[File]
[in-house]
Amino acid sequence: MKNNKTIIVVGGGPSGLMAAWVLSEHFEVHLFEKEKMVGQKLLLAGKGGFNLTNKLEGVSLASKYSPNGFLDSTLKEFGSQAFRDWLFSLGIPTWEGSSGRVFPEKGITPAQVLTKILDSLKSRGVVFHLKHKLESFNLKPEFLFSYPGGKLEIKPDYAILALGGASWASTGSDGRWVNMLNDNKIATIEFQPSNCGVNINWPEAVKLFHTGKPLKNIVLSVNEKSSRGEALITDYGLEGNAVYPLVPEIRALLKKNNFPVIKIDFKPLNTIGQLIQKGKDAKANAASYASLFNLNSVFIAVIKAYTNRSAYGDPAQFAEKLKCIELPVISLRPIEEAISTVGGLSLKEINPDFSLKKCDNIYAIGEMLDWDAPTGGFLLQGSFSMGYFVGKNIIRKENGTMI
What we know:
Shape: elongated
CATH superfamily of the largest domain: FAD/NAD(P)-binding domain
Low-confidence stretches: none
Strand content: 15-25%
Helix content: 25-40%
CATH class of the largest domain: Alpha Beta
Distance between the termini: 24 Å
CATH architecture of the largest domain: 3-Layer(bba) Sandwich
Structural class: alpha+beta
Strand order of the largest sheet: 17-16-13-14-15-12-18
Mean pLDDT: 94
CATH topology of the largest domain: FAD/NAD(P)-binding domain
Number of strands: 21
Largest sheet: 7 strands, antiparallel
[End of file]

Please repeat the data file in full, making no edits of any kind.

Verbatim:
[in-house]
Amino acid sequence: MKNNKTIIVVGGGPSGLMAAWVLSEHFEVHLFEKEKMVGQKLLLAGKGGFNLTNKLEGVSLASKYSPNGFLDSTLKEFGSQAFRDWLFSLGIPTWEGSSGRVFPEKGITPAQVLTKILDSLKSRGVVFHLKHKLESFNLKPEFLFSYPGGKLEIKPDYAILALGGASWASTGSDGRWVNMLNDNKIATIEFQPSNCGVNINWPEAVKLFHTGKPLKNIVLSVNEKSSRGEALITDYGLEGNAVYPLVPEIRALLKKNNFPVIKIDFKPLNTIGQLIQKGKDAKANAASYASLFNLNSVFIAVIKAYTNRSAYGDPAQFAEKLKCIELPVISLRPIEEAISTVGGLSLKEINPDFSLKKCDNIYAIGEMLDWDAPTGGFLLQGSFSMGYFVGKNIIRKENGTMI
What we know:
Shape: elongated
CATH superfamily of the largest domain: FAD/NAD(P)-binding domain
Low-confidence stretches: none
Strand content: 15-25%
Helix content: 25-40%
CATH class of the largest domain: Alpha Beta
Distance between the termini: 24 Å
CATH architecture of the largest domain: 3-Layer(bba) Sandwich
Structural class: alpha+beta
Strand order of the largest sheet: 17-16-13-14-15-12-18
Mean pLDDT: 94
CATH topology of the largest domain: FAD/NAD(P)-binding domain
Number of strands: 21
Largest sheet: 7 strands, antiparallel